Now I just need to find a reason to go to Pinarolo, Italy. That place sounds gorgeous, JT.
It was great to see you in NYC, JT, however briefly!
You too, honey!!! I’m parking in a sofa at TFest. No flitting. My feet are still paying the price : )
OMG, I want to go to Pinarolo now, too! Looks fabulous!
I did a lot of family travel when I was a travel editor, and usually would stay at larger places. My ultimate favorite place was the Ritz-Carlton Half Moon Bay. Stunning scenery, stunning property, amazing food, and the best spa.
That Ritz-Carlton at Half Moon Bay is a fairly new one, isn’t it, Karen? I remember being quite snarky when a whale washed up on their beach right after they opened. It was months before they could get the decaying carcass moved.
Wow, Louise, I really needed some armchair travel this morning and you took good care of satisfying that! Gorgeous places.
I have to say, though, my favorite photo is the last one – what a wonderful shot of two great Murderati writers!
Here’s to getaways for all of us, soon!
And JT, I finally learned the secret to comfort at these events. Ballet flats. Leave the damn What Not To Wear high heels at home.
A little quiet time with Ken in NYC was as refreshing as any of these getaways. I was so pleased that Elaine was there with her trusty camera.
Louise, answering your question would actually require me to remember the names of those hotels. Maybe after a second cup of java… :o)
Louise, I just bought the greatest hot pink gladiator sandals at J Crew — they will be my go to for New York from now on!
Patty, I was counting on you! Come on. Fess up. I know you’ve got a dozen of these little gems tucked away.
And JT, hot pink gladiator sandals? The mind boggles.
Great article, Louise! I’m a hotel slut too – and loved your take on the Grand Hyatt – and the Caryle. I had lunch with Larry Gandle at Jean Georges at Trump’s Hotel and talk about a sterile hotel? Tiny lobby and no personality at all. Lisa beat me to it – The Benson in Portland is my favorite as well. The food is top notch – AND – they still have ‘smoking room’s. 🙂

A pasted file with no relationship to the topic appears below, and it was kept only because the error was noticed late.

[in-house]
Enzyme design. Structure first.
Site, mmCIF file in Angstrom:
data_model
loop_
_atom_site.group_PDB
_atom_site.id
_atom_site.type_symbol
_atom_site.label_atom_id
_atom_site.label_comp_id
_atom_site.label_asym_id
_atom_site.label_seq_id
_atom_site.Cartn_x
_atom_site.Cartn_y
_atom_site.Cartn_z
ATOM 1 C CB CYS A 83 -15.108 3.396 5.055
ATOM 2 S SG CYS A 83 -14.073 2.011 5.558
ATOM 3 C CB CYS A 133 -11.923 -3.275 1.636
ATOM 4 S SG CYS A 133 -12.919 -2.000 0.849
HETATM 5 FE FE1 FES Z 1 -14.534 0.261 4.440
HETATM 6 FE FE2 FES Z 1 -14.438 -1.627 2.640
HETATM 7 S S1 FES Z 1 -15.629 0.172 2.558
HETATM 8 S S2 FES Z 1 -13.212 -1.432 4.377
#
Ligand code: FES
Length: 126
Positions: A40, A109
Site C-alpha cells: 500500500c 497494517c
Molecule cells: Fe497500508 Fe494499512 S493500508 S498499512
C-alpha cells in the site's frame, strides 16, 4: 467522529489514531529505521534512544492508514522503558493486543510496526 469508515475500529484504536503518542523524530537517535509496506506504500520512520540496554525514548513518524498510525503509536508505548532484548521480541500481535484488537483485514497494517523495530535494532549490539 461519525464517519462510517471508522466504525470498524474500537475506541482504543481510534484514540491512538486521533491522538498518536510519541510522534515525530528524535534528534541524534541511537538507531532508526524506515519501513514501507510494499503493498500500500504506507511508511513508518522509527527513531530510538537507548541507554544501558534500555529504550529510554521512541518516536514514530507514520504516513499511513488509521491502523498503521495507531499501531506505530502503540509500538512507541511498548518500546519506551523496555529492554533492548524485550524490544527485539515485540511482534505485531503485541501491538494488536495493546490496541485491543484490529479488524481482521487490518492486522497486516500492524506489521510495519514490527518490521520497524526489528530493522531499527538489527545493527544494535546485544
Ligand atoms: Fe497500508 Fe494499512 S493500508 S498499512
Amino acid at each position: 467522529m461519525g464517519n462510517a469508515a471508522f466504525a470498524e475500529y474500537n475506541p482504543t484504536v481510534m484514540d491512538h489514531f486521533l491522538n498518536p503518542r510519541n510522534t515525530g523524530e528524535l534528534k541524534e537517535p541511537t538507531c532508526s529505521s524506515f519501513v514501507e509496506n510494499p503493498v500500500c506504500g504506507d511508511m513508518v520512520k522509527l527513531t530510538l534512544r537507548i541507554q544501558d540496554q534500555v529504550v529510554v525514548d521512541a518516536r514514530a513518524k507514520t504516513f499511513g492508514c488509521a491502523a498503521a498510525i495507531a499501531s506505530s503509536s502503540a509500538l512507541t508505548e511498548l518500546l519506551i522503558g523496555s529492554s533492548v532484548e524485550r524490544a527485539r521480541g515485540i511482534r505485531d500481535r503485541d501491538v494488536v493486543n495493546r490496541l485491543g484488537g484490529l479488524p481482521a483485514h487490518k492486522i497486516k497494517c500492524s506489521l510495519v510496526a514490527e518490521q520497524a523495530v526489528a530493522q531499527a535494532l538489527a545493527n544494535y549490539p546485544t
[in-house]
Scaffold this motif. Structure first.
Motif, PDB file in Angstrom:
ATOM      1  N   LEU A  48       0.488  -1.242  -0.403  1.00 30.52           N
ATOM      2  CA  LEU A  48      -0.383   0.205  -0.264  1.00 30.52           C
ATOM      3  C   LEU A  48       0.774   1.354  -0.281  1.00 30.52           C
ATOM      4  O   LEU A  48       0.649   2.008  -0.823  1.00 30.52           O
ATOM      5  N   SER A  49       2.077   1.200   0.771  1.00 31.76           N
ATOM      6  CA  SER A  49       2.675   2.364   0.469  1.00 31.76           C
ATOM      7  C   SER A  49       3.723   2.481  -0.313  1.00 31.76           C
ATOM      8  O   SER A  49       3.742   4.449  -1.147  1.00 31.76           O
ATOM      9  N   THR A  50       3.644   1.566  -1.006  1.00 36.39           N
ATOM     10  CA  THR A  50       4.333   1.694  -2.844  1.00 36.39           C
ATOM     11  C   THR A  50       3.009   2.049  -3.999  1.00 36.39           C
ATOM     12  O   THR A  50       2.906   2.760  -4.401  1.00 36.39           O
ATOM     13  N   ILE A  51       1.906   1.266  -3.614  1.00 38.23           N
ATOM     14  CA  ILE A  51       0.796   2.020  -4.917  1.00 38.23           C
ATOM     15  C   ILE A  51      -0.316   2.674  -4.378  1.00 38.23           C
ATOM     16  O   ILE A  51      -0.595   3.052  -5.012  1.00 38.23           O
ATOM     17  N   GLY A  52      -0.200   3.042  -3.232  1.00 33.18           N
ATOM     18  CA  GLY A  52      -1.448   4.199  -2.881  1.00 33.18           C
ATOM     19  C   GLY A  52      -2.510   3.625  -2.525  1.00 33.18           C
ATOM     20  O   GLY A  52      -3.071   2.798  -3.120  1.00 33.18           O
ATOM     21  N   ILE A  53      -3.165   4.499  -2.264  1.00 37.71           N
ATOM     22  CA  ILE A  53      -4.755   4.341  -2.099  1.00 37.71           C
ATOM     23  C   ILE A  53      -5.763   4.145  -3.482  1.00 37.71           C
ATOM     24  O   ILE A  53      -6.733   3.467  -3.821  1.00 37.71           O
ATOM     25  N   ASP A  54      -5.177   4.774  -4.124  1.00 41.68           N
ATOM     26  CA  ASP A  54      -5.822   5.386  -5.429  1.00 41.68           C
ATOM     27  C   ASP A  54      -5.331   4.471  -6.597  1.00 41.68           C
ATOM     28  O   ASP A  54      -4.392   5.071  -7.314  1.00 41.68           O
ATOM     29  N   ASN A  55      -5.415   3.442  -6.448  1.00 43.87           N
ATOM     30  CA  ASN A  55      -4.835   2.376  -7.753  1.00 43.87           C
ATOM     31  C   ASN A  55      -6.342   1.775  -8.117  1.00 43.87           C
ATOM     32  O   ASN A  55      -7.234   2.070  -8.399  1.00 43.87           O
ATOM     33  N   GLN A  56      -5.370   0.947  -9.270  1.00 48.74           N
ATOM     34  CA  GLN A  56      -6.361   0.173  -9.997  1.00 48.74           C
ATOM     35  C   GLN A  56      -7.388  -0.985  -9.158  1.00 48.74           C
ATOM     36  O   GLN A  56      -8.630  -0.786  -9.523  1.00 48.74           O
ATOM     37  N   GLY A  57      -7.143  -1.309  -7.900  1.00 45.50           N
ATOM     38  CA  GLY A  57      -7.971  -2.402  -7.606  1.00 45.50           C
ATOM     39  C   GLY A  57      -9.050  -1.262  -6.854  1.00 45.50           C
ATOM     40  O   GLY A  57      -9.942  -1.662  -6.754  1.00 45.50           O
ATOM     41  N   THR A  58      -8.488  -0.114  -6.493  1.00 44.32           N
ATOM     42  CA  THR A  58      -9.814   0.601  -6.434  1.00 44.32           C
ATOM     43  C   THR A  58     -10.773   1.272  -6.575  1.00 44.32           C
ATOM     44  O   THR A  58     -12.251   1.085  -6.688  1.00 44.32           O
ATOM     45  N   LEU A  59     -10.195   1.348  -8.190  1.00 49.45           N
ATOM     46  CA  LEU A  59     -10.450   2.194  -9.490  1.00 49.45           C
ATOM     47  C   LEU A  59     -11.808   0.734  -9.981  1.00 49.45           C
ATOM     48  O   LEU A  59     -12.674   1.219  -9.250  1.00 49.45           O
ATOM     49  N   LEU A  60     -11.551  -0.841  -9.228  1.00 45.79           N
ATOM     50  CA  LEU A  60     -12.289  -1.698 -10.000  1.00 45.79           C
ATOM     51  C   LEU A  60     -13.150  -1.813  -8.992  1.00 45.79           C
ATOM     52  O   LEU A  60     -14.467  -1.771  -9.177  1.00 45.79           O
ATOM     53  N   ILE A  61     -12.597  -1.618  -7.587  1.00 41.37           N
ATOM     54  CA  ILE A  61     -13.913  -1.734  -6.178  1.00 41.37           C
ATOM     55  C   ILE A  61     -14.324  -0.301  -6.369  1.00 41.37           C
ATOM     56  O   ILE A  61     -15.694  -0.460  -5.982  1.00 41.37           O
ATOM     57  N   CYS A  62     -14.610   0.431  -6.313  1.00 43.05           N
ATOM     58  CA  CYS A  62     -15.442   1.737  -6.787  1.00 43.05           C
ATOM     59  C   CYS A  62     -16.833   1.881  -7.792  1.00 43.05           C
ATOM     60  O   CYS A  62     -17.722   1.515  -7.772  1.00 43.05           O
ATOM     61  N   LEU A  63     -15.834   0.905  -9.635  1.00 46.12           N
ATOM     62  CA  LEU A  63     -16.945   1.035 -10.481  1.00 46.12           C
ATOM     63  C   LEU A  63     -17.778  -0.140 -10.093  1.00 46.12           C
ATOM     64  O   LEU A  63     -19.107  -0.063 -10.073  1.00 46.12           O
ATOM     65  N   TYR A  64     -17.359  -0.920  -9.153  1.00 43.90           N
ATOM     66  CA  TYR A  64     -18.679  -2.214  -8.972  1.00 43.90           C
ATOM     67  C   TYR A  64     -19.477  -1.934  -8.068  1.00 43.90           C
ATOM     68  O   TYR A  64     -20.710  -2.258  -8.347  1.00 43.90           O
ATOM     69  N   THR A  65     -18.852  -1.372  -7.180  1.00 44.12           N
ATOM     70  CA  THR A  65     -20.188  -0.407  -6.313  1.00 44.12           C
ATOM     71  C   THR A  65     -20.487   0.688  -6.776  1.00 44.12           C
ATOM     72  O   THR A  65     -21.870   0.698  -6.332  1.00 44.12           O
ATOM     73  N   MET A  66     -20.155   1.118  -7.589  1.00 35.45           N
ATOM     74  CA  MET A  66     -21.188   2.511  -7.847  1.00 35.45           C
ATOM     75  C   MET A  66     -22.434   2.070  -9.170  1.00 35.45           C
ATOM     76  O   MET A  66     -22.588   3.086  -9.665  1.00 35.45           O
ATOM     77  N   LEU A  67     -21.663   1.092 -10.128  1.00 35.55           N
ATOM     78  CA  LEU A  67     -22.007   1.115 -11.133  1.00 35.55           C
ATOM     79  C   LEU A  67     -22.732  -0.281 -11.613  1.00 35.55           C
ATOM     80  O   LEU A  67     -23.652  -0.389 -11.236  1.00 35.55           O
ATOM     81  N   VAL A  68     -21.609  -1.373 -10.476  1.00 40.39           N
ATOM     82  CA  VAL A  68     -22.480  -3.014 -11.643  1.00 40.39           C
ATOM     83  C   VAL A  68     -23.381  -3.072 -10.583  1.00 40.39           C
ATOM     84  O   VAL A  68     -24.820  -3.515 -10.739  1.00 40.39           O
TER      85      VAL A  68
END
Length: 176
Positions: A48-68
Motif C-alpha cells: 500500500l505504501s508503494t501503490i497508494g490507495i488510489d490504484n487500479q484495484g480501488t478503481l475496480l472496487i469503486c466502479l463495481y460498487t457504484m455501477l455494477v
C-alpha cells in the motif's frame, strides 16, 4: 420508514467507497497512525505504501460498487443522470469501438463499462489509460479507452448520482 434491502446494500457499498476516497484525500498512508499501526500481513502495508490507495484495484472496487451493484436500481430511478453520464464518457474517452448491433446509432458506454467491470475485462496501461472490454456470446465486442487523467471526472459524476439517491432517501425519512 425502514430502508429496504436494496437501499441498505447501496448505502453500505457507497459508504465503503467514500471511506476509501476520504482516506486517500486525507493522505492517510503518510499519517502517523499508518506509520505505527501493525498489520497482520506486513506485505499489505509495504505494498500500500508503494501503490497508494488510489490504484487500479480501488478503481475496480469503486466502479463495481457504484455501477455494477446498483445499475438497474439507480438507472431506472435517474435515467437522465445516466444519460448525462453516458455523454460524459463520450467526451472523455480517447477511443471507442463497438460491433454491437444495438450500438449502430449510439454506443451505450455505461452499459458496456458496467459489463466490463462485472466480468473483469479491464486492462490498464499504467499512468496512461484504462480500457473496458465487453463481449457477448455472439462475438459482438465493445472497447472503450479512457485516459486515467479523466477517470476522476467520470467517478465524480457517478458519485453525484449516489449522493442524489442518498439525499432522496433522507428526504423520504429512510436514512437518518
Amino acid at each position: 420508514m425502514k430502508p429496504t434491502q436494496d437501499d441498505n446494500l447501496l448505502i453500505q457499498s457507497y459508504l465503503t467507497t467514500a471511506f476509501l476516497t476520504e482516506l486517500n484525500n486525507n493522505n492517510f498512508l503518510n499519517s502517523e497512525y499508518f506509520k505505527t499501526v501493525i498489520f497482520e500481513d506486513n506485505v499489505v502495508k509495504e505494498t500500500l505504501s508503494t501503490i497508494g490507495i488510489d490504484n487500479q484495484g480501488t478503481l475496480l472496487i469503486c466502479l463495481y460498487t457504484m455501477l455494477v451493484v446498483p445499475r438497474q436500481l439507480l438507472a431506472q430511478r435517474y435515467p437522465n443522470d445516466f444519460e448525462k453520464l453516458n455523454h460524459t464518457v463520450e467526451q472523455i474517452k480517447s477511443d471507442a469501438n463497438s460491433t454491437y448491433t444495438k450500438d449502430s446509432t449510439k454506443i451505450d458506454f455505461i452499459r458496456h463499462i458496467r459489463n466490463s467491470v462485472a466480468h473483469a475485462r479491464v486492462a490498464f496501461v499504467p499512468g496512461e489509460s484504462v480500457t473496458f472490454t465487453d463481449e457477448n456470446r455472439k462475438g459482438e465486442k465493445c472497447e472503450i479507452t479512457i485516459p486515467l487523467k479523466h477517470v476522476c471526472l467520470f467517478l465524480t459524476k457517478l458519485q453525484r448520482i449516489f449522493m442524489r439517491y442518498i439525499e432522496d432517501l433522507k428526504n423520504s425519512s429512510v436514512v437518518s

Ventana is definitely a ‘one-of-a-kind’ hotel. In my former backyard, we stopped there often for lunch.
But oh! My very favorite is The Moana in Honolulu. Built in 1904 (if memory serves)and reeked in history. Breakfast on the lanai is a must! A live harpist – the gorgeous banyan tree – the sound of the surf. I’m packing right now. I wish. 🙂
It was great to spend time with you at the Edgar’s – happy as hell to have that great shot of you with Ken – and I’m going to take your advice about the ballet shoes. My feet are still three times too big. But hell – I’ll take swollen feet anytime if I’ve had a terrific time. And I did.
The Moanna in Honolulu sounds divine, Elaine.
And have you noticed how much easier it is to find a dog-friendly room … hell, probably even a heroin-friendly room … than a smoking room these days?
Put your feet up and relax, my dear.
My very favorite hotel in the whole world is on the Left Bank. It’s called the Relais St. Jacques, and it’s mere steps away from the Luxembourg Gardens and the Blvd St. Michel and the Sorbonne, and, and, and….
The hotel has 20 – 30 rooms, and is a bit off the beaten path, on a more residential sort of a street.
The people are lovely, the rooms are comfy, the coffee’s good….I can’t imagine staying anywhere else.
Rae, I knew you’d have a Paris fave! Oddly enough, I think I stayed there once before … maybe back in the 80’s. I adored it. And I think it’s going to be time for another Paris trip soon. For the last decade I’ve chosen to take my vacation travel in Asia or Australia. Time to head to Europe again.
And speaking of that great shot of you with Ken – it was one of those moments of great mutual affection and admiration that begs to be kept and framed. I feel so lucky to have been there to capture it…
We were looking pretty happy there, huh Elaine? I feel peaceful just seeing it posted here.
It was a great night – great company. A memory keeper too…
Drooling over these hotels. Trust LU to find so many combinations of art and luxury.
I have to say the Arizona Biltmore rocked my world. And then I had my other favorite experience right after – sleeping on a houseboat on Lake Powell. There are no words for how gorgeous and sensual that is…
Very cool, X. A Frank Lloyd Wright building and then getting rocked to sleep. How divine.
The Blue Gum Motel in Willows gets my vote. Cleans sheets, hot water, cable TV that works sometimes and thirty-seven bucks a night. That, and Prateema cooks a mean sag paneer. What’s not to like?
The Blue Willow, David? I’d rather go camping, and you know that’s saying slot for me.
I should have said The Blue Gum, not Blue Wllow but I stand by my point of view. For God’s sake, the TVs have antennas, David.